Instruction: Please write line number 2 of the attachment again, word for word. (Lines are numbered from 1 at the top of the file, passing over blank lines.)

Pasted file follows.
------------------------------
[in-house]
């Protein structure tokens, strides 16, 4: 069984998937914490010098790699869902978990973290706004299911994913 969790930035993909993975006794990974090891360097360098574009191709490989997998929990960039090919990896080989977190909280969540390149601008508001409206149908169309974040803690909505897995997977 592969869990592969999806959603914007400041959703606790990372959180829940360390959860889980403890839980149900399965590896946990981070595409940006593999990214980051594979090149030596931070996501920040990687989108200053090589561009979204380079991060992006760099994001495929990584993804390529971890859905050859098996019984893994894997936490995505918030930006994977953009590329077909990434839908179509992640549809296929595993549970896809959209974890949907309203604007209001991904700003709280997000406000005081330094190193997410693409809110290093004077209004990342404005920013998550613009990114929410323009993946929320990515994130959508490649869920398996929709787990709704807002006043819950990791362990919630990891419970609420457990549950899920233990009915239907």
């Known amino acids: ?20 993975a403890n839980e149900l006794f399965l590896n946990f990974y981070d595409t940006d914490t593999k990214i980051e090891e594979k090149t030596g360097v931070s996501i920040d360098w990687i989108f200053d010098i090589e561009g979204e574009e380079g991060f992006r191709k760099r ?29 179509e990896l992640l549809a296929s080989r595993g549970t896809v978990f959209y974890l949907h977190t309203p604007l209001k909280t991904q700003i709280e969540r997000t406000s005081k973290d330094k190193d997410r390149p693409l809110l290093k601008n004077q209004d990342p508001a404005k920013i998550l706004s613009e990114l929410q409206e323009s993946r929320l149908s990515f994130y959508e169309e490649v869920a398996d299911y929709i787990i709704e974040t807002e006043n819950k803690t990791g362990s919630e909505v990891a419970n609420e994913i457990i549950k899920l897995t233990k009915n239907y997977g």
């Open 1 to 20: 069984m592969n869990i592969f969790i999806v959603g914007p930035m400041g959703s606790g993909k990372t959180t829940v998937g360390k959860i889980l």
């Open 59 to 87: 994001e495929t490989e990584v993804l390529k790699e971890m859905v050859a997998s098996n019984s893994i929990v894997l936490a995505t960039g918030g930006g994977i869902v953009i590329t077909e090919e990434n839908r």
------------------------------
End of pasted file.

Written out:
């Protein structure tokens, strides 16, 4: 069984998937914490010098790699869902978990973290706004299911994913 969790930035993909993975006794990974090891360097360098574009191709490989997998929990960039090919990896080989977190909280969540390149601008508001409206149908169309974040803690909505897995997977 592969869990592969999806959603914007400041959703606790990372959180829940360390959860889980403890839980149900399965590896946990981070595409940006593999990214980051594979090149030596931070996501920040990687989108200053090589561009979204380079991060992006760099994001495929990584993804390529971890859905050859098996019984893994894997936490995505918030930006994977953009590329077909990434839908179509992640549809296929595993549970896809959209974890949907309203604007209001991904700003709280997000406000005081330094190193997410693409809110290093004077209004990342404005920013998550613009990114929410323009993946929320990515994130959508490649869920398996929709787990709704807002006043819950990791362990919630990891419970609420457990549950899920233990009915239907």